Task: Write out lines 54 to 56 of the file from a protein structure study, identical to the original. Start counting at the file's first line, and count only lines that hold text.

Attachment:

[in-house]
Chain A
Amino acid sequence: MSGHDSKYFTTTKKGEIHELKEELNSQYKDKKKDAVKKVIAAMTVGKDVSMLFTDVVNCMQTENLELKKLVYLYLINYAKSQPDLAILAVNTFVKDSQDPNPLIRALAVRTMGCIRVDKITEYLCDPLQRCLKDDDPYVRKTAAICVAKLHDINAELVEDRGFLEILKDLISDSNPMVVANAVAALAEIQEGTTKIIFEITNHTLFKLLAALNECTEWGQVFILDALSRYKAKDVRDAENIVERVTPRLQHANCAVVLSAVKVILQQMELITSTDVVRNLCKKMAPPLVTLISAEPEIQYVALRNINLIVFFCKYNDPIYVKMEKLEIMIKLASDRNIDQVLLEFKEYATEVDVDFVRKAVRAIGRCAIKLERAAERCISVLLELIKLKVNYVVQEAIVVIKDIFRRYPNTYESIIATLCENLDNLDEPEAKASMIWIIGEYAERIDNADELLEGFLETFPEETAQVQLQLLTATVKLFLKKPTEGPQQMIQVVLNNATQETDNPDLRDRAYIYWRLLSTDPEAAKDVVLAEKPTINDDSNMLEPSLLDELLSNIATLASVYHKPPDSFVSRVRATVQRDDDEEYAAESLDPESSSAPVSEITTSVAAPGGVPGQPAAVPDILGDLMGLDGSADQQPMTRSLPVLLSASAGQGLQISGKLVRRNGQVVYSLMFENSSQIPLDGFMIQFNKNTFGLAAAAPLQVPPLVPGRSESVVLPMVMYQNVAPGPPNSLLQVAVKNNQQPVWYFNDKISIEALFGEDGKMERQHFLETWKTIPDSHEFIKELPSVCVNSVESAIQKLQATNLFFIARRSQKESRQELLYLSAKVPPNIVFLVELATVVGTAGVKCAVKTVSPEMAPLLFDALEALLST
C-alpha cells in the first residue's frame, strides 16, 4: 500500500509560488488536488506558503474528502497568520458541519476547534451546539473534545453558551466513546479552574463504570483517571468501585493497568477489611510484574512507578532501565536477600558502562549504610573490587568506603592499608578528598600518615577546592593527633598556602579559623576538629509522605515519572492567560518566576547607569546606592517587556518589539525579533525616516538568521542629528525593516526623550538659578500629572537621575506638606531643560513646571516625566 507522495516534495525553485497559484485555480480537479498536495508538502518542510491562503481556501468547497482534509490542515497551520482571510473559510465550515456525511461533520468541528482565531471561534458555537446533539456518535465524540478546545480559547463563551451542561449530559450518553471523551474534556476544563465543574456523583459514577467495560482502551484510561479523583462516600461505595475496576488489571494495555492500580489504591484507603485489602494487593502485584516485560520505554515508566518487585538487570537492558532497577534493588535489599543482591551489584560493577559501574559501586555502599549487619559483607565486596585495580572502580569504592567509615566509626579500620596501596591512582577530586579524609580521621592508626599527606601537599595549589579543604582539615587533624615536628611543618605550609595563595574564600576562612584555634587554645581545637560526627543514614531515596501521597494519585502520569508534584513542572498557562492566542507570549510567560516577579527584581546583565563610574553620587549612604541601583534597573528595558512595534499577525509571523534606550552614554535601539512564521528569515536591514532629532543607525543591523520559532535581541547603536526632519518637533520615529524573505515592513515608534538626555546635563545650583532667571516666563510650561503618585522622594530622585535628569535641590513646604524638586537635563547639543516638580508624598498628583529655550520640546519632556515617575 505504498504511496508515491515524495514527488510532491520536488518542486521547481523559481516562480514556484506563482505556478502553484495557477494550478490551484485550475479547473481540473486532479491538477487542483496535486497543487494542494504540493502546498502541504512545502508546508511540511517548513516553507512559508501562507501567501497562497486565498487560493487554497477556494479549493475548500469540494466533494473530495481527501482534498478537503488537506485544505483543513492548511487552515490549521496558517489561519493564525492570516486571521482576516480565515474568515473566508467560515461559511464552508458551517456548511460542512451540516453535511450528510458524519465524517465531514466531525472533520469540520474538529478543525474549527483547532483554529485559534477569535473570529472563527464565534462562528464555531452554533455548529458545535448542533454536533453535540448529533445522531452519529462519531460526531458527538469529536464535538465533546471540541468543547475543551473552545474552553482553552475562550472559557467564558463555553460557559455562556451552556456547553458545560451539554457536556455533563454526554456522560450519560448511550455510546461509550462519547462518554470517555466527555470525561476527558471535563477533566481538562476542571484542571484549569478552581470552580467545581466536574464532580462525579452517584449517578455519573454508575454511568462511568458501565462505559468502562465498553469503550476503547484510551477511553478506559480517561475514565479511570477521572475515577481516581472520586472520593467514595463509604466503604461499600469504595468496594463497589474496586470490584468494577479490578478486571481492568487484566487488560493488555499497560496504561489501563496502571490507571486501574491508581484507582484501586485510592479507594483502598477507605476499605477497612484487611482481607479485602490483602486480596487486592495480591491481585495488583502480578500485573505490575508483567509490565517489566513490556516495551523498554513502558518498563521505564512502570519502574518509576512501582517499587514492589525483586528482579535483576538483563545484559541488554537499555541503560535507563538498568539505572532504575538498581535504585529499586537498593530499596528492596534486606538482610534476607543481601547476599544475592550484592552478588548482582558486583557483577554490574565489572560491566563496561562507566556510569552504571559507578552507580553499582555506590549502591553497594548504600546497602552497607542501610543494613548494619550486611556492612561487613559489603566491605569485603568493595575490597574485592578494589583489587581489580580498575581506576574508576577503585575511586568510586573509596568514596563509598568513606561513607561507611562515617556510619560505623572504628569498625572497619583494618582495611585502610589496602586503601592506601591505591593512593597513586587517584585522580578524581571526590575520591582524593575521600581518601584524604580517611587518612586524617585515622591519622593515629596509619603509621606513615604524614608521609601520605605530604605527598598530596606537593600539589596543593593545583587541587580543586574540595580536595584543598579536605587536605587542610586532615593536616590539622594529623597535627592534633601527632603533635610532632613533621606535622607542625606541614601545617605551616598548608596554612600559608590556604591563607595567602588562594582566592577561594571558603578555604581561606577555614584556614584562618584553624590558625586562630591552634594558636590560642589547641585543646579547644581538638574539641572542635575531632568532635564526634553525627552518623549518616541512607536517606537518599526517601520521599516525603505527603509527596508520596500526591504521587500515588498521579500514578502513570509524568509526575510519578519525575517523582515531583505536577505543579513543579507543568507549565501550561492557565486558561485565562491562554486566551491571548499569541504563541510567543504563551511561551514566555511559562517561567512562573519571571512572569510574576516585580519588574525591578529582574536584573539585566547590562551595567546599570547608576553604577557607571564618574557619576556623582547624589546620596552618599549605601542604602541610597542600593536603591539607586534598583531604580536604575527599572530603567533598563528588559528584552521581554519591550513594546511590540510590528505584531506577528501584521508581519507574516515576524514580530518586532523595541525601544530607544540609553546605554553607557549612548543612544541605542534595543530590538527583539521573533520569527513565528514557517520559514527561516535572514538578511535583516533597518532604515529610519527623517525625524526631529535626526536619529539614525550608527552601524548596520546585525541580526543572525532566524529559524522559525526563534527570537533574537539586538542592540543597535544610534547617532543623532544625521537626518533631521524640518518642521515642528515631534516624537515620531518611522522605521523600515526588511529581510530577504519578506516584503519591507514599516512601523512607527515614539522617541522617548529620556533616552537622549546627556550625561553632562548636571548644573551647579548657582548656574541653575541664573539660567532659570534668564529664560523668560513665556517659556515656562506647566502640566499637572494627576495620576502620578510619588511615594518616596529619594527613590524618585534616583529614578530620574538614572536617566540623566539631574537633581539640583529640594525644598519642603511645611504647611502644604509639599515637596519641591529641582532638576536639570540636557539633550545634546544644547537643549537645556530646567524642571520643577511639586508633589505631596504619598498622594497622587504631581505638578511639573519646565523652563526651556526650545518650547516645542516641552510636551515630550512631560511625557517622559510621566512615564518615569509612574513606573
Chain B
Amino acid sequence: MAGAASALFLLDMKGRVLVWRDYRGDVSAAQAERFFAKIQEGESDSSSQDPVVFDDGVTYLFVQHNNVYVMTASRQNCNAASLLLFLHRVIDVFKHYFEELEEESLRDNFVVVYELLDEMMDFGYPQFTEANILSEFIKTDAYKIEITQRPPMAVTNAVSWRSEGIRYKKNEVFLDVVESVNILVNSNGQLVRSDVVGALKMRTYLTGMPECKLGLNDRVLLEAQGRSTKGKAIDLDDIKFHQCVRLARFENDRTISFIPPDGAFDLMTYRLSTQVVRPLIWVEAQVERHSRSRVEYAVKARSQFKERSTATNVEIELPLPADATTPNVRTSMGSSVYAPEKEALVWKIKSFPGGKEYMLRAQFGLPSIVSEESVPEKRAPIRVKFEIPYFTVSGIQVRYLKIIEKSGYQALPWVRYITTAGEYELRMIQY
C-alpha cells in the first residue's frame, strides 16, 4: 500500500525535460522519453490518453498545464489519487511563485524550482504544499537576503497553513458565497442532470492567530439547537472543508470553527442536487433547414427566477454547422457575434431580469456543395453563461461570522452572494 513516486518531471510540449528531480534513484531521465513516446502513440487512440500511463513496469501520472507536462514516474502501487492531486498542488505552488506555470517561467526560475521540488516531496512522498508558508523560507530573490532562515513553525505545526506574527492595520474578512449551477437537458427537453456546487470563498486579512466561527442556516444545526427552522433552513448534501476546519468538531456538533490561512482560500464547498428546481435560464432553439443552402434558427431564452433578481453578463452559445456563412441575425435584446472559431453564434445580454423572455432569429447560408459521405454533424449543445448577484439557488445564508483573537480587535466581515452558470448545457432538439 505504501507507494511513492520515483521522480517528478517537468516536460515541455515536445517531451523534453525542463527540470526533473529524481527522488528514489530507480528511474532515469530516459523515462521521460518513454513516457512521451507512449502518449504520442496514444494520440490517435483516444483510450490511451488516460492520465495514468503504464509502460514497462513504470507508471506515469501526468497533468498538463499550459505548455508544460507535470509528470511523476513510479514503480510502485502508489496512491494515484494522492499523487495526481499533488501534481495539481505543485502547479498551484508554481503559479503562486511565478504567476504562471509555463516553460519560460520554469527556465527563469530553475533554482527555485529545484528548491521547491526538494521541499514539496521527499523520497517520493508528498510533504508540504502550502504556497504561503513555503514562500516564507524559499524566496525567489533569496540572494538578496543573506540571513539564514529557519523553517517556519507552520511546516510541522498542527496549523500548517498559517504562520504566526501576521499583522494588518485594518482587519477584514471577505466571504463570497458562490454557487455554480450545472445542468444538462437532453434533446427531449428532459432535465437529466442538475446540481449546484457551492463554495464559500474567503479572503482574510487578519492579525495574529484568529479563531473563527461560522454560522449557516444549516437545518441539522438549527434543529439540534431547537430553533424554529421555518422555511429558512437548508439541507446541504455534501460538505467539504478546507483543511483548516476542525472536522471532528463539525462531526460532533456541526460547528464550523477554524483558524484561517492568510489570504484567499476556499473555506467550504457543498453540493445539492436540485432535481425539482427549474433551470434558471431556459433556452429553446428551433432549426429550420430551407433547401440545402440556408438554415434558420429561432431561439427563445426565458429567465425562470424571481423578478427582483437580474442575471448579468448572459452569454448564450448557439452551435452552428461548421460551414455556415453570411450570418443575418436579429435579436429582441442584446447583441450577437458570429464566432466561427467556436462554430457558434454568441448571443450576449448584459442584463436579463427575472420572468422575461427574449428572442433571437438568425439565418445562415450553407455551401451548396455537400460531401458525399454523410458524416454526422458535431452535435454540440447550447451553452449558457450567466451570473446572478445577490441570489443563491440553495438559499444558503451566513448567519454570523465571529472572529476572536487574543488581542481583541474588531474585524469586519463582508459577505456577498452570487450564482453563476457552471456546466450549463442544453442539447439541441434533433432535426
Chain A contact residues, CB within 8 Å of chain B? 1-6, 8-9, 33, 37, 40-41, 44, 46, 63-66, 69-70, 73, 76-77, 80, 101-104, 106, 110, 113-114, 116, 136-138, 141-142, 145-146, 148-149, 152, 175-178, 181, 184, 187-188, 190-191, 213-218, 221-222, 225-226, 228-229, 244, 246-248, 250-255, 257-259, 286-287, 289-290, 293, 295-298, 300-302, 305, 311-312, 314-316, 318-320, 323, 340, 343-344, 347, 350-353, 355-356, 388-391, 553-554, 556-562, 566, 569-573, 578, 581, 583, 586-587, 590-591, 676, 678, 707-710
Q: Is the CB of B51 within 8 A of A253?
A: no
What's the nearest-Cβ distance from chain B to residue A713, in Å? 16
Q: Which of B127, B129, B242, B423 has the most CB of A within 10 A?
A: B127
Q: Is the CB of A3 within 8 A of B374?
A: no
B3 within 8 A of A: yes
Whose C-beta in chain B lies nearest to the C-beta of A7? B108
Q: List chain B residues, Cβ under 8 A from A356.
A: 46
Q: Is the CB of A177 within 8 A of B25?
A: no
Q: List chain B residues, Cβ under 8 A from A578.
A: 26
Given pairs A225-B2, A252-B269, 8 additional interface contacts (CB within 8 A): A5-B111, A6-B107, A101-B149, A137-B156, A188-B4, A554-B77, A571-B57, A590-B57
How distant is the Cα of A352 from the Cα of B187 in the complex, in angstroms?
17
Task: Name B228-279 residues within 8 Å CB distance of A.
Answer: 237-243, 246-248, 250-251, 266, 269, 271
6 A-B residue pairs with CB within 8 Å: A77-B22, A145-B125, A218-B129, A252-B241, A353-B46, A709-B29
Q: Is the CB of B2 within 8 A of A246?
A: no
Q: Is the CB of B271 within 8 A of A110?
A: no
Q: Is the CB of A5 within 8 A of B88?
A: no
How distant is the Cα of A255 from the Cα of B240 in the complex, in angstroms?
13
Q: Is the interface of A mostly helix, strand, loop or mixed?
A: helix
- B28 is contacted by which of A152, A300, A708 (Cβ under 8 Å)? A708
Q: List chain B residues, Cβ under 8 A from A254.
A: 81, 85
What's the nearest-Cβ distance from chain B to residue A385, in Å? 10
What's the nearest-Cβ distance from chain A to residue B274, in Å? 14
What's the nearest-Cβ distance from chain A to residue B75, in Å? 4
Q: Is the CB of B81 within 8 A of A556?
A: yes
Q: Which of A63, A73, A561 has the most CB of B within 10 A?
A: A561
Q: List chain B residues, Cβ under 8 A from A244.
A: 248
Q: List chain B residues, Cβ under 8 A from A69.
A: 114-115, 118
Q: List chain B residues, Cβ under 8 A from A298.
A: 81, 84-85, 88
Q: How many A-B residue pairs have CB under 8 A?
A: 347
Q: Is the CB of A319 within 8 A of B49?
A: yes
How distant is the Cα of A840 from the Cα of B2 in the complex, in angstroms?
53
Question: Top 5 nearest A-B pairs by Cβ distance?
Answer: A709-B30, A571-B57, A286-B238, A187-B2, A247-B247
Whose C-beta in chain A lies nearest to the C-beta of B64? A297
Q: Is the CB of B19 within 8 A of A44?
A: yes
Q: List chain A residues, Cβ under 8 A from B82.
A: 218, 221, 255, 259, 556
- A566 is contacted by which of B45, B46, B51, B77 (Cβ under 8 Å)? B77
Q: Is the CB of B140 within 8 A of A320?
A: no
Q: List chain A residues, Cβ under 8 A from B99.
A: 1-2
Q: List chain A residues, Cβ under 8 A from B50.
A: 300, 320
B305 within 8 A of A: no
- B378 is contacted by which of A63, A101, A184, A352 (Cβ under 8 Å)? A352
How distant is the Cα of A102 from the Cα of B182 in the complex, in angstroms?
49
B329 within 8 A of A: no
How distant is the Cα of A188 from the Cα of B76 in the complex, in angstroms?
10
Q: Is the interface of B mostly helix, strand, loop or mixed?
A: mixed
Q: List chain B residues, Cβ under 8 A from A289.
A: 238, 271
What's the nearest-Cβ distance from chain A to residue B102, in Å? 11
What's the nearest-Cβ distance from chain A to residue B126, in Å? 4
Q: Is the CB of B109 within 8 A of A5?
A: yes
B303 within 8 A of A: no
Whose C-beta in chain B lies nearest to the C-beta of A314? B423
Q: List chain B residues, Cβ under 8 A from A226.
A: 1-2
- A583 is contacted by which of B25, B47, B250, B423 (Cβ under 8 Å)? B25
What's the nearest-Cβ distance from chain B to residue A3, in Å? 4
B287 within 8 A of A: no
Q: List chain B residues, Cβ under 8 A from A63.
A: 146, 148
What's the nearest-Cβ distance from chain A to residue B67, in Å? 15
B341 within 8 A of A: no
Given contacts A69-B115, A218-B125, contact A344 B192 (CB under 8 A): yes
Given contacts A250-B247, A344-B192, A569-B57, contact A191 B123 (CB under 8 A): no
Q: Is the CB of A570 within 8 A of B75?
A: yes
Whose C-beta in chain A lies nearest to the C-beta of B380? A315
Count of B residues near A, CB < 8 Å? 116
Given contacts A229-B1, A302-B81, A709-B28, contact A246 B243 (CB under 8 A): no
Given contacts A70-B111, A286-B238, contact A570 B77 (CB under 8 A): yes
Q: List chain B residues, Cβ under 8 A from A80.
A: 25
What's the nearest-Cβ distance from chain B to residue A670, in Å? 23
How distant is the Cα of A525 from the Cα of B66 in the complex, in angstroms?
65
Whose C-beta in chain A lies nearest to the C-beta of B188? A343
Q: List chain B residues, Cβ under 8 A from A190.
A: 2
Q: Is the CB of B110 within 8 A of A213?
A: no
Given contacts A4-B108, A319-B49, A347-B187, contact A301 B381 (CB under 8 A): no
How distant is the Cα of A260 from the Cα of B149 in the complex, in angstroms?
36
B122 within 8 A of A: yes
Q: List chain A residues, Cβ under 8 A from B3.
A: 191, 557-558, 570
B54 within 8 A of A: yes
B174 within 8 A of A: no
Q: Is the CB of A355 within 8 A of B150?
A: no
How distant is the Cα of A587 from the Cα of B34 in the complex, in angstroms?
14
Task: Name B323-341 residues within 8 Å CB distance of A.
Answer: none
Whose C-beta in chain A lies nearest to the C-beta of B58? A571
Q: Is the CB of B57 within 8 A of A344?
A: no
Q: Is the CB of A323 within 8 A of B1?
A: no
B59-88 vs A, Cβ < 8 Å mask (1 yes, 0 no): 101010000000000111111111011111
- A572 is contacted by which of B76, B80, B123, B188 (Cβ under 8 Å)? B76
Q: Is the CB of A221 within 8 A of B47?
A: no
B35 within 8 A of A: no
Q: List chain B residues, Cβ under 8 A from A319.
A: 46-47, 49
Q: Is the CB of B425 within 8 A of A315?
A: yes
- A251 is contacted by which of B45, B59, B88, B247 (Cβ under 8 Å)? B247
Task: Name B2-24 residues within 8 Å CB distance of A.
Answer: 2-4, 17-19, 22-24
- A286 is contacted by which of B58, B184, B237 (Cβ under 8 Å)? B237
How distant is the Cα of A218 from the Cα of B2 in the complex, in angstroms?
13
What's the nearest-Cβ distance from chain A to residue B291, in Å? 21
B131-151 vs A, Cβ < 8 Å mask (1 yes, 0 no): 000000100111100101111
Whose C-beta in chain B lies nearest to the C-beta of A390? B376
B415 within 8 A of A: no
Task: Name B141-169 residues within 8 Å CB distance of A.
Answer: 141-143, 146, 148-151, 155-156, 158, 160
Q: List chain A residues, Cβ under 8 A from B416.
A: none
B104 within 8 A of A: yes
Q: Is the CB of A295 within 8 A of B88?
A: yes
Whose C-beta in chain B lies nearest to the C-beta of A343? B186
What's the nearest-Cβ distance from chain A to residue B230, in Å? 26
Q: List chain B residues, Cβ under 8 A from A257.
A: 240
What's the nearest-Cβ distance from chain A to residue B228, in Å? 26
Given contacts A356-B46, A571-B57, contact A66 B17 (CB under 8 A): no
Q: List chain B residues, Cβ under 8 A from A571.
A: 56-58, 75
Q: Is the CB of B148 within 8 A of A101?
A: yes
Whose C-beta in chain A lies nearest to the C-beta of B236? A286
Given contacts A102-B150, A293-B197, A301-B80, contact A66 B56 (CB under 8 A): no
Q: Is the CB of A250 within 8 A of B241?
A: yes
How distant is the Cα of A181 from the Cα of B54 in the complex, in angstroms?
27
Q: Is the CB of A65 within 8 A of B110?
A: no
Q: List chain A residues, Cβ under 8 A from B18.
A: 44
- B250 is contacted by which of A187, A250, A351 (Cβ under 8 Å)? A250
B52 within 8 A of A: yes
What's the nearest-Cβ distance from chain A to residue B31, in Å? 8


Q: List chain B residues, Cβ under 8 A from A298.
A: 81, 84-85, 88
Q: How many A-B residue pairs have CB under 8 A?